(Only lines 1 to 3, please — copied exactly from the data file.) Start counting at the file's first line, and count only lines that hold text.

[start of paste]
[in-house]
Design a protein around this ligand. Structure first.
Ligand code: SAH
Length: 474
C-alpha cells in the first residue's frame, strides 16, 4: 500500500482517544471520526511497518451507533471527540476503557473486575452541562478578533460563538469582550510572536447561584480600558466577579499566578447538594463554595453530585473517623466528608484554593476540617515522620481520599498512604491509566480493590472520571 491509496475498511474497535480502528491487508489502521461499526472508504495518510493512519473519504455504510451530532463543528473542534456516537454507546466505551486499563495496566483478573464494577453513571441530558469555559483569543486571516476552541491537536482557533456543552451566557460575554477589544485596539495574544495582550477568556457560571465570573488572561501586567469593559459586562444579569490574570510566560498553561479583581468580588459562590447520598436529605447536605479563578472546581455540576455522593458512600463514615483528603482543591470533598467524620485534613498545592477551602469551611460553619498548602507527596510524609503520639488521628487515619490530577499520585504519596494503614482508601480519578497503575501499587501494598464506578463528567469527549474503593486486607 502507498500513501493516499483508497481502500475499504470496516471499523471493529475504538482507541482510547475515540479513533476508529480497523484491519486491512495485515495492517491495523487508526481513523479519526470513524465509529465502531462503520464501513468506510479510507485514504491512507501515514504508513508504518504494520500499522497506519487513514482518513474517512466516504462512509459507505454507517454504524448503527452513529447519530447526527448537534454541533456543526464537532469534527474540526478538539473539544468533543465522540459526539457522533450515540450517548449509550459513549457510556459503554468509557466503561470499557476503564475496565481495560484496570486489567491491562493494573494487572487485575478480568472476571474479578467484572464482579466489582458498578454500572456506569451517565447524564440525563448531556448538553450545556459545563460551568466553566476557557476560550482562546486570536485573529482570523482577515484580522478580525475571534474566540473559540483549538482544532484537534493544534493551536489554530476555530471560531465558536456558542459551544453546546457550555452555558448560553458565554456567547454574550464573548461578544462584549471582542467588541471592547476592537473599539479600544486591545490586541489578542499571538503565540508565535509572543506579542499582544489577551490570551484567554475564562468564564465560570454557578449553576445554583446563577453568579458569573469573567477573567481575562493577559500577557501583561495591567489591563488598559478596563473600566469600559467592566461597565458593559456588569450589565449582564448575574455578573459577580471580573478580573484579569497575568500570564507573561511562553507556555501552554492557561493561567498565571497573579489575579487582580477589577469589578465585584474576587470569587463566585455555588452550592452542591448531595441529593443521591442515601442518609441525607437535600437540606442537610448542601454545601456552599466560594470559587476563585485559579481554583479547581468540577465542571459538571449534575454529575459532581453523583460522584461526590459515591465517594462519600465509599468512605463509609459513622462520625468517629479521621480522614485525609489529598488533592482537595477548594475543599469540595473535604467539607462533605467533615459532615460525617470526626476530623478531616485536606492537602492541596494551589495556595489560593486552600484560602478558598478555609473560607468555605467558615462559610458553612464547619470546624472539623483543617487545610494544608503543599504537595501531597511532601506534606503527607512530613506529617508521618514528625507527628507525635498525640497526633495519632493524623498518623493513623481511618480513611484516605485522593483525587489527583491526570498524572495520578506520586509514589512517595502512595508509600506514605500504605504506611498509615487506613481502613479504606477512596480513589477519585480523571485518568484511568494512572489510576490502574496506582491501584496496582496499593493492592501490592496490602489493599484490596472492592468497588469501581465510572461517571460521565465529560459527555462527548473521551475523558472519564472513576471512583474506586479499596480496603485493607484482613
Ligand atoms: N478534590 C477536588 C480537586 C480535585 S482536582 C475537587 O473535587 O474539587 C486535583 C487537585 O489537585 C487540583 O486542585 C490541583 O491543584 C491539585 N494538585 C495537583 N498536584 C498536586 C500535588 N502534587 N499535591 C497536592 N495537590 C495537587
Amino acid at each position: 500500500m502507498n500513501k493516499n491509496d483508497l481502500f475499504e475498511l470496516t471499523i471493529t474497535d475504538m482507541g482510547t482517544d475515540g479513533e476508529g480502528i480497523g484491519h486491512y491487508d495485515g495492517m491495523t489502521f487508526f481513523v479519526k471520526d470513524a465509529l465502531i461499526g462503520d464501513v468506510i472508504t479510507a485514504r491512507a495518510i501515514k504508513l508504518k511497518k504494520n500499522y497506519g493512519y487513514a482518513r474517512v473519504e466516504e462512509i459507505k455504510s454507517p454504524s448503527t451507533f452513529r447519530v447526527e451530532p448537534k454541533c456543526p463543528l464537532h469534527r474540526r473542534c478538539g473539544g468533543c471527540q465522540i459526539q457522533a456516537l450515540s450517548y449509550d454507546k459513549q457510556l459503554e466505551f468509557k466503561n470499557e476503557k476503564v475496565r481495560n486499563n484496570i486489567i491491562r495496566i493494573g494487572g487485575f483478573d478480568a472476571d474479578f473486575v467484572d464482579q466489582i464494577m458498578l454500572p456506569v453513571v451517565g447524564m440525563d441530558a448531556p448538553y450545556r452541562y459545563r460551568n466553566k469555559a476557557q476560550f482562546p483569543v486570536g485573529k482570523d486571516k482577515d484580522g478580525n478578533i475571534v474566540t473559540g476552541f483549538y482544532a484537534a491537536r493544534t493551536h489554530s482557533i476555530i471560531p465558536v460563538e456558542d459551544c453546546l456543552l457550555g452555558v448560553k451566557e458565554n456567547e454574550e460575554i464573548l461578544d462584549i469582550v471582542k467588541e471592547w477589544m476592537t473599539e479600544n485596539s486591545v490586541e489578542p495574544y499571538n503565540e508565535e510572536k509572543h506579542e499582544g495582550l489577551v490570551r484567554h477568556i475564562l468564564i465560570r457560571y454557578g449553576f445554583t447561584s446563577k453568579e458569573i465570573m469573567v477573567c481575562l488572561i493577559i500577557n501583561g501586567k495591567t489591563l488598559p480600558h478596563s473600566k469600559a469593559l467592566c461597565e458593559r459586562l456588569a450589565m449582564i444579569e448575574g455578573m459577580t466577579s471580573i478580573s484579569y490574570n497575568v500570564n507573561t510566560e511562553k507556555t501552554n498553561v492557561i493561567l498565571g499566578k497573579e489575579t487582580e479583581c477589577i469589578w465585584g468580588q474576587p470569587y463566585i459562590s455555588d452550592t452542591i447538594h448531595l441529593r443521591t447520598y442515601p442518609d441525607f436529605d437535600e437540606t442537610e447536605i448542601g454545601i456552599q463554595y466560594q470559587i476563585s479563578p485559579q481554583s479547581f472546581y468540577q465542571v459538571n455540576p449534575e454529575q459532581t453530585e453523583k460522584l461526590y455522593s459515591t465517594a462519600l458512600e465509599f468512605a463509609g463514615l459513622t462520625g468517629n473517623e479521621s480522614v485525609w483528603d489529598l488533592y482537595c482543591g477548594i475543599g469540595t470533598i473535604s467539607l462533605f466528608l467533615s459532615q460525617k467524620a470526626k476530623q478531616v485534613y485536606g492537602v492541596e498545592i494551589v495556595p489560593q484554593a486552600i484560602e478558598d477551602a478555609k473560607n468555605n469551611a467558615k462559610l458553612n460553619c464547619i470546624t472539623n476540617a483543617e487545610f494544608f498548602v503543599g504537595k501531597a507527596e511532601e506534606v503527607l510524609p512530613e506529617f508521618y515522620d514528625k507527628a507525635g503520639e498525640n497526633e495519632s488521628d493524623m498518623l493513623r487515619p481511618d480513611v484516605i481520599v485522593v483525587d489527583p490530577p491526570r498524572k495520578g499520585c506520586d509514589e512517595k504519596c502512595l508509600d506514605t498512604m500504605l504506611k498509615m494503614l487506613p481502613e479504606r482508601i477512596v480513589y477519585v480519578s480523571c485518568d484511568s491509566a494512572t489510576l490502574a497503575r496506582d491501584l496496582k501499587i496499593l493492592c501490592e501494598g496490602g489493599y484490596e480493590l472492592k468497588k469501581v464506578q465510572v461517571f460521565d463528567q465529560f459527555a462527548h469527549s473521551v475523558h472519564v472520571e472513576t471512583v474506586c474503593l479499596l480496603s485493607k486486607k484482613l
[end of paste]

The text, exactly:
[in-house]
Design a protein around this ligand. Structure first.
Ligand code: SAH